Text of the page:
A common misunderstanding about Vincent van Gogh revolves around his well-known “attacks” and hallucinations. Because of these intermittent but acute violent medical problems that resolved spontaneously, he was famously diagnosed with epilepsy at the time he entered the Asylum for Epileptics and Lunatics at Saint-Rémy in 1889. To better understand the impact of his debilitating attacks and hallucinations on his life and his art, and the impact of applying a modern inner-ear disease diagnosis, I have reviewed these medical issues in greater detail. This is an in-depth review of Vincent’s self-described and named symptoms of his “attacks,” namely his use of the word vertige, which could only translate to “vertigo.” Vertigo is the critical clinical diagnostic element required to make the unique diagnosis of Meniere’s disease. Meniere’s disease—which I have long suggested, since 1990, that Vincent suffered from—is a somewhat common condition of the inner ear primarily manifested in acute, violent attacks of vertigo and hallucinations of rotary motion, which often resolve on their own until the next attack occurs unexpectedly. It is noteworthy to accept that the well-known and frequently heard-about attacks that plagued Vincent were from his inner ear and Meniere’s disease, and were not any form of epilepsy. The same applies to the often noted, and directly connected, hallucinations associated with these attacks. If we understand this updated diagnosis, a newfound understanding of van Gogh’s health, mental state, and inner motivations may now be possible. Did this characteristically episodic disease play any role in his death as well? Did an unrequited fear of another, more violent attack of vertigo that would leave him incapable of painting drive him to suicide? More likely, this intense fear that he expressed was a major factor in his compulsive, obsessive need to paint a canvas a day.
Vincent van Gogh was known in the art world and among his many biographers to have suffered from violent attacks of some malady about which there has been no agreement.These were attacks of vertigo as he wrote, not “crises” or seizures. After he recovered from the ear self-mutilation in Arles, Vincent admitted himself to the Asylum for Lunatics and Epileptics in Saint-Rémy, about twenty miles from Arles. Dr. Peyron, the admitting doctor, concluded in his intake history that Vincent’s episodic attacks were epilepsy. A plethora of other diagnoses have flooded both the art history and medical literature over the ensuing years. Still no consensus has emerged. This diagnosis of epilepsy stuck with Vincent until 1990, when I published a “Special Communication” in the Journal of the American Medical Association (JAMA) and concluded that these violent attacks were attacks of inner-ear vertigo. Vertigo is a key element that distinguishes between a diagnosis of Meniere’s disease and epilepsy. This was the cover story for the issue of JAMA, which was published one hundred years to the week after Vincent’s death. ( Arenberg, JAMA,1990)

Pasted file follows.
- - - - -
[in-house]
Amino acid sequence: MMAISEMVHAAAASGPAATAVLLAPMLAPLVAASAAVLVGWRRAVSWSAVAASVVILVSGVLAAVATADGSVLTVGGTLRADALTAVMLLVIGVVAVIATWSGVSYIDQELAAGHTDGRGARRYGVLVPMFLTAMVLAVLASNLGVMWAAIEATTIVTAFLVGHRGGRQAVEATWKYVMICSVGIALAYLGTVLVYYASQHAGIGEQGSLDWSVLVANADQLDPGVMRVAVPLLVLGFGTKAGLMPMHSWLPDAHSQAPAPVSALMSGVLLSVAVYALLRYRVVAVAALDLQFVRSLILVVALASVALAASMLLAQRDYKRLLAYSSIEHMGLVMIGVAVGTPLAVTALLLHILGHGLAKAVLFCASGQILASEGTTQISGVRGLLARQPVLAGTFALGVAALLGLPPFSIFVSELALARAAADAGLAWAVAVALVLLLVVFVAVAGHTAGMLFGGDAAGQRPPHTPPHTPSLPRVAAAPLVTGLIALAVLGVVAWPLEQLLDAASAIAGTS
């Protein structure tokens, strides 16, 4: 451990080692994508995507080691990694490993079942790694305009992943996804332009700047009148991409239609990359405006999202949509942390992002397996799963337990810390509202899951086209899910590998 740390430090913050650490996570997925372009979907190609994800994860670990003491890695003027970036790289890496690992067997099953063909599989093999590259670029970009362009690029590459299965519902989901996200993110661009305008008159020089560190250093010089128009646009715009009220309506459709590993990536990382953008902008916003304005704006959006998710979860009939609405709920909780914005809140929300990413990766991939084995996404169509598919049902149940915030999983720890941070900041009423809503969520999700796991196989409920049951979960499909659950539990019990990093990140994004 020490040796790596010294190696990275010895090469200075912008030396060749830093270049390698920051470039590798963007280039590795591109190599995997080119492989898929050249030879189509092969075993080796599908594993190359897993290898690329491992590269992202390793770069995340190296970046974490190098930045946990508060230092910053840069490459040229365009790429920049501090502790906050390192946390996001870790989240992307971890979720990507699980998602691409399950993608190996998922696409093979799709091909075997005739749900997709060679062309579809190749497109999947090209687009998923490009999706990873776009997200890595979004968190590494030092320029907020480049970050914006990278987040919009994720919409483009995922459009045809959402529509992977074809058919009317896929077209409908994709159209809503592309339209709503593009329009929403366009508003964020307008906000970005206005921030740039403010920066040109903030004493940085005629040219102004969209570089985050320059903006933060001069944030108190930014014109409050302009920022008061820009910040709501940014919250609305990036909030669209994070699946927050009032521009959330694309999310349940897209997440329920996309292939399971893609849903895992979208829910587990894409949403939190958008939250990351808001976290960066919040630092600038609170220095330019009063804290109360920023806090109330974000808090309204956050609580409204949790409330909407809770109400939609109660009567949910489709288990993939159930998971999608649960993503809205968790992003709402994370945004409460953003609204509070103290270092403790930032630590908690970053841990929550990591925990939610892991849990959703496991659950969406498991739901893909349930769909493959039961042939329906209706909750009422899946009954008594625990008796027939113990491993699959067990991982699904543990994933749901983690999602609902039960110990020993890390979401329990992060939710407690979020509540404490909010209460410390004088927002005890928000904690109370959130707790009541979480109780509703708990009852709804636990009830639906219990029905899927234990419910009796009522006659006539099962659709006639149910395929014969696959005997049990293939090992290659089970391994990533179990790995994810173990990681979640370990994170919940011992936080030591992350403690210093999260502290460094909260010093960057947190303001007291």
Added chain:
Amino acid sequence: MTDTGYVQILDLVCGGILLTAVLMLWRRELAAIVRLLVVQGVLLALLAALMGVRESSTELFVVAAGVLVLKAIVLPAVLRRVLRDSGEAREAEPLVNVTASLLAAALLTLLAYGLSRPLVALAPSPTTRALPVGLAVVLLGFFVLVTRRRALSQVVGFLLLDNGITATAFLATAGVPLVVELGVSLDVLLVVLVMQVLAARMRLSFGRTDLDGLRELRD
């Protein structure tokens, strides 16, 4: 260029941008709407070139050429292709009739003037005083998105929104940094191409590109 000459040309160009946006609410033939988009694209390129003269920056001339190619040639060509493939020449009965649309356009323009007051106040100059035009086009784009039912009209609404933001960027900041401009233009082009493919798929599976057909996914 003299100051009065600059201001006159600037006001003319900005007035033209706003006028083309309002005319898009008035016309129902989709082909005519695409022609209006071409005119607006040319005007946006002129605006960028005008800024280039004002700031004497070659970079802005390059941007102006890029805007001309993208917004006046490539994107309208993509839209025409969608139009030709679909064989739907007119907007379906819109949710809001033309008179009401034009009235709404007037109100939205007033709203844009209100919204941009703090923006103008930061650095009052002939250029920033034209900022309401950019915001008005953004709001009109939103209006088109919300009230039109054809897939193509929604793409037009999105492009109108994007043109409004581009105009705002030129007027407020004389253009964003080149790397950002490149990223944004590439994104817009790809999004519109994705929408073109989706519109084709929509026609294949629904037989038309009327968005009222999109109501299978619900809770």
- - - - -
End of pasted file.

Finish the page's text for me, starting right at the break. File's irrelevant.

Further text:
It is not the purpose of this book to refocus on the various additional medical diagnoses of Vincent van Gogh; anyone, including Vincent, could have had more than one medical problem, which he did. The purpose of discussing his clinical diagnosis of Meniere’s disease and not epilepsy in the context of Killing Vincent is primarily to look at this inner-ear disease and try to determine what impact it may have had on Vincent’s life and his art, and to determine if it may have led to any propensity for suicide or had any impact on his death. Given how much impact they had on his life, it is important to establish whether these attacks of vertigo drove him to suicide, or in some way contributed to the circumstances of his untimely demise.
So what is this vertigo, and why is it so important to distinguish between it and dizziness? Vertigo is best defined as a subjective manifestation of an inner-ear disorder in which the patient experiences violent, unexpected attacks of a hallucination of motion, most often rotary, in which the room is spinning or the patient is spinning inside himself. With a Meniere’s disease attack of inner-ear vertigo, an observer may only see eye movements, known as nystagmus, but cannot see any body movement. A vertigo attack is characterized by an unexpected violent onset of a spinning sensation with hallucinations of rotary motion, often associated with nausea and vomiting, followed by intermittent periods of calm.
A neurologist who has special interest and expertise with patients who have epilepsy is called an epileptologist. One of my co-authors in the 1990 JAMA article (Bernstein, 1990 ) has confirmed that Vincent’s self-described violent attacks of le vertige were not epilepsy but vertigo of inner-ear origin, and not any other disorder from Vincent’s brain. Vincent described his attacks as vertige in his letters:
Parent alternative meaning in English for the French word vertige than vertigo. Here you have Vincent van Gogh stating in his own hand that vertigo was the critical aspect of his recurrent attacks. (Van Gogh,#605) Vincent was very articulate and well-read, with the ability to speak and read several languages, and I must assume that he knew what vertige meant and how to use the word correctly to describe what he felt.
Vincent tells us in his letter about his recurrent vertigo attacks and uses the French word vertige to describe his symptom. The translators of the two comprehensive works of his letters translated vertige as “dizziness,” which is clinically incorrect. Vertigo is a much stronger symptom complex than the generic term “dizziness” would imply. While “dizziness” may seem similar and correct to most people, it is an oversimplification that does not reflect the true depth of the clinical meaning of vertigo to a doctor. Therefore, these distinctions seem minor but may actually distract one from assessing the real significance and impact—or lack thereof—of these vertigo episodes on Vincent’s art and his day-to-day life.